“All the world’s a stage,
And all the men and women merely players;
They have their exits and their entrances;
And one man in his time plays many parts,
His acts being seven ages.”
(Shakespeare, As You Like It, Act II, Scene VII, lines 139-143)
I apologize for my absence over the past week or so. I’ve been on vacation with my husband, and our destination was the Shakespeare festival in Ashland, Oregon. There, we saw 4 plays, three by the Bard himself, one of which was As You Like It.
Melancholy Jacques utters this famous line, arguably the most famous in Shakespeare’s entire repertoire. One of my professors once argued that most of Shakespeare’s plays came down to this one main point, that we are all acting in this great play called life.
“All the world is a stage.”
Until I wandered the streets of Ashland, I never truly understood the quote. All summer long, Ashland hosts a handful of Shakespeare plays, as well as plays from other famous playwrights, on three main stages. On any given day, except Monday (the actor’s sabbath), you can catch at least two different plays, a matinee and evening show. Everywhere you go, there’s another play to watch, another show to see. One show has just ended, and another one is soon to begin.
“And all the men and women merely players”
Ashland’s festival is known for bringing in highly accomplished actors of the stage and screen, and I recognized several familiar faces staring back at me across the stage. Dan and I had a fun time playing “spot the actor” in public. It wasn’t very hard. They were everywhere. Because the actors play roles in several shows during the full summer, they live in the area and consequently, they dine and shop in area stores. We sat at a brewery next to a table of actors, ones I recognized from a show that we’d seen earlier that afternoon. Players are everywhere. You never know who is an actor, and who is not.
“And one man in his time plays many parts”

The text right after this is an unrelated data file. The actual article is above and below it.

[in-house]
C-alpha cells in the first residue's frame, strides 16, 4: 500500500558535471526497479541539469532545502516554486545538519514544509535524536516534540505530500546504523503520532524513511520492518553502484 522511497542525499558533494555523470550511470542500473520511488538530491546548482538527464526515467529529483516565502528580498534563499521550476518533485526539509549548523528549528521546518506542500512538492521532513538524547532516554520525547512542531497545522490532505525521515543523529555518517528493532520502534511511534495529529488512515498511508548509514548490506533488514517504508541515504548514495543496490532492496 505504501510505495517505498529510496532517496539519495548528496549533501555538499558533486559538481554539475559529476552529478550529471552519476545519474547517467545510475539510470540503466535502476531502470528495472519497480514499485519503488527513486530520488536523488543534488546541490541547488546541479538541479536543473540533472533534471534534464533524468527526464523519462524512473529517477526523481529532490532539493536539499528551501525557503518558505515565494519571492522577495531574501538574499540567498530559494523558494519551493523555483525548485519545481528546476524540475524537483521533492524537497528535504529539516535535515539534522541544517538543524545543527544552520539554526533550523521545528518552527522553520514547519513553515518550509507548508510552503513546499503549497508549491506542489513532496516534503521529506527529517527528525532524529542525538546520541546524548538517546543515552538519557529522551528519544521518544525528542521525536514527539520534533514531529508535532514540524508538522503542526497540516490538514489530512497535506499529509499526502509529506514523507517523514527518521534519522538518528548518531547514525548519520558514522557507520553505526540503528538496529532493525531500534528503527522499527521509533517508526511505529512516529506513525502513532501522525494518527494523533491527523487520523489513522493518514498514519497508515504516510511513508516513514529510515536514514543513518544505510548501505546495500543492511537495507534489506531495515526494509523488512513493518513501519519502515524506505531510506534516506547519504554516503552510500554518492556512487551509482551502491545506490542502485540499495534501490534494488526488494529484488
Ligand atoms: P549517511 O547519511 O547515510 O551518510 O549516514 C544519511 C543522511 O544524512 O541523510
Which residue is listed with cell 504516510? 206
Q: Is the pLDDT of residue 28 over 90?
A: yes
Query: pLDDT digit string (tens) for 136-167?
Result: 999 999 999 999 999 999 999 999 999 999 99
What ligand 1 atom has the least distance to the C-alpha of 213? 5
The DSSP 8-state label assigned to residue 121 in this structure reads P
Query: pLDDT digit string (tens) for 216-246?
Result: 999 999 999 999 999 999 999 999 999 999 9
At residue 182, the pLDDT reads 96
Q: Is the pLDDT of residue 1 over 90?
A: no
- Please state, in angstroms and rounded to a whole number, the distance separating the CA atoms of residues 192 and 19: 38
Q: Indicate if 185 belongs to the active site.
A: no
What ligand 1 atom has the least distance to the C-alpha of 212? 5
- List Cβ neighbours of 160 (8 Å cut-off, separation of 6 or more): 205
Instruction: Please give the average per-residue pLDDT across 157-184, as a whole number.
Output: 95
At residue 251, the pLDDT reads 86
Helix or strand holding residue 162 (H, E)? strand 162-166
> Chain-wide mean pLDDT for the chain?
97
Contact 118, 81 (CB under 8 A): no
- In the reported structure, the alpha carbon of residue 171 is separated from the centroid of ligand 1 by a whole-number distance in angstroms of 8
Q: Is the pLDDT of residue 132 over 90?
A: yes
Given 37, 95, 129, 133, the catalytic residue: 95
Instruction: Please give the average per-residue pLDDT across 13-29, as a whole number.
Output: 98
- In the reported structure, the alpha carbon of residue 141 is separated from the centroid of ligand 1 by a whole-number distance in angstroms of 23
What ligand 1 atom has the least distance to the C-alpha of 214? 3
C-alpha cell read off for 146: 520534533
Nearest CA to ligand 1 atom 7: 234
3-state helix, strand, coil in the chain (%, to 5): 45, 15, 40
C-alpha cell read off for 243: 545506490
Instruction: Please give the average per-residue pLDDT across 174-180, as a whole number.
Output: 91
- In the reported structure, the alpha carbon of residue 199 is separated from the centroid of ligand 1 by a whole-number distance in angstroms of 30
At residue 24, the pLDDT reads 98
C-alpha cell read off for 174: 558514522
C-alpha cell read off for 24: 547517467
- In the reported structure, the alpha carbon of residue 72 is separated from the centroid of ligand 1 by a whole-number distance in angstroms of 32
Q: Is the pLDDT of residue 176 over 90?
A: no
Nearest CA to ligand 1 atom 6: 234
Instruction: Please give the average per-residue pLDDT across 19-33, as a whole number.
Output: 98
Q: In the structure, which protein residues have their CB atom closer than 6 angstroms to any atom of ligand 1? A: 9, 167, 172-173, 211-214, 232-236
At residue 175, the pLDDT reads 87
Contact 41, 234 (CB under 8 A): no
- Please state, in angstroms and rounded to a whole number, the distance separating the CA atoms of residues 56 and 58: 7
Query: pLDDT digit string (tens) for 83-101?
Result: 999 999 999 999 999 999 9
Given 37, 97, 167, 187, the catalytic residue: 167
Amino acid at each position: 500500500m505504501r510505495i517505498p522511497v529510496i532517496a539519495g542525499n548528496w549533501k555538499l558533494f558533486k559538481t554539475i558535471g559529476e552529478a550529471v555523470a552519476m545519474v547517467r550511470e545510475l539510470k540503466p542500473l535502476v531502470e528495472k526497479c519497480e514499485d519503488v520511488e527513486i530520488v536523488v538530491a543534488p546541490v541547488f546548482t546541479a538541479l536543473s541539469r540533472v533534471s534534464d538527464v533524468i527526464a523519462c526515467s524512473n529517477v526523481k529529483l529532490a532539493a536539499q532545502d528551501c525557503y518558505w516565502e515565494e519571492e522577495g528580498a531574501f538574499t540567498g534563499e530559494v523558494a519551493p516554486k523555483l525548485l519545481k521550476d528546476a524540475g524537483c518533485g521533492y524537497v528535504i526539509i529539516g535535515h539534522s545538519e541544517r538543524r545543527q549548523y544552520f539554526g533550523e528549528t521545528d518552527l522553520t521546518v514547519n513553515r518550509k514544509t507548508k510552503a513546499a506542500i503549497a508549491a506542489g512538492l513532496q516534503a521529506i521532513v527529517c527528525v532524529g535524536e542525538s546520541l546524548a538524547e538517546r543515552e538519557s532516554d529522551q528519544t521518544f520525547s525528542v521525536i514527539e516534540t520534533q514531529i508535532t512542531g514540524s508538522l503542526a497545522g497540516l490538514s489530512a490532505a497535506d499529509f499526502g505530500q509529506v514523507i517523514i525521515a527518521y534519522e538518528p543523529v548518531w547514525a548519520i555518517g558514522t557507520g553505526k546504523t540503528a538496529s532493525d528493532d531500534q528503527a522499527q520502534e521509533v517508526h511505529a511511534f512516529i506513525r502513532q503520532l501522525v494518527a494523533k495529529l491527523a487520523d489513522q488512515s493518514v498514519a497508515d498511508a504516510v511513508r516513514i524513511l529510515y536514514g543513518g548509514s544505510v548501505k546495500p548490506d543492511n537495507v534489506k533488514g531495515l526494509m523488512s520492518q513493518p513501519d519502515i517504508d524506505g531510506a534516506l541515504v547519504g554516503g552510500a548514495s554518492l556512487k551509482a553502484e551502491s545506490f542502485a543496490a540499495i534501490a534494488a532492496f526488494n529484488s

As we watched several shows over the course of our stay, we began to recognize actors that had roles in multiple plays. “Wasn’t he Baptista in The Taming of the Shrew?” we’d ask, when we saw the same actor play a shepherd in As you Like it. The same man played wildly different roles, but he was believable and likable in both. After As you Like it, Dan was kind enough to accompany me to an actor’s discussion, where an actor was going to answer questions about the play. We were pleased when Baptista/the Shepherd showed up. We had one more dimension to add to him, his “real” persona. But, even as he answered our questions about the life of an actor and what sort of roles he liked, I wondered if this was just another part he was playing.
All of us are actors. We all play parts for different audiences, whether we realize it or not. It was true 400 years ago, in Shakespeare’s time, it’s true today, and it was true 2,000 years ago in Israel.
One group in particular, the Pharisees, were master actors. They acted for their own gain, to make themselves look holier than they were, to earn brownie points with God. In ancient Greek, the word that means “actor” is “hupokrites,” or as we say it “hypocrite.” When Jesus was ranting against the Pharisees in Matthew 23, calling them “hypocrites,” he was calling them out on their acting (no “Jesus, meek and mild” here, folks). Shakespeare’s insight into man was nothing new. Jesus recognized it long before.
Unbelievers love pointing out the times when Christians act as hypocrites, when we act one way, pretending to be holy, even when we’re not. Maybe it’s the part we play on Sundays when we go to church, or the mask we wear when we are out in public. I must point out that there’s a big difference between playing a role and simply failing to live up to an ideal because sin gets in the way. Nobody is perfect. That’s why we need Jesus. We’re hypocrites when we, like the Pharisees, wear a mask of perfection, but our hearts have no desire to be like Jesus.
By God’s grace, we don’t need to play the hypocrite. We can play the role he designed for us to play: the authentic, humble, and contrite person who needs a savior.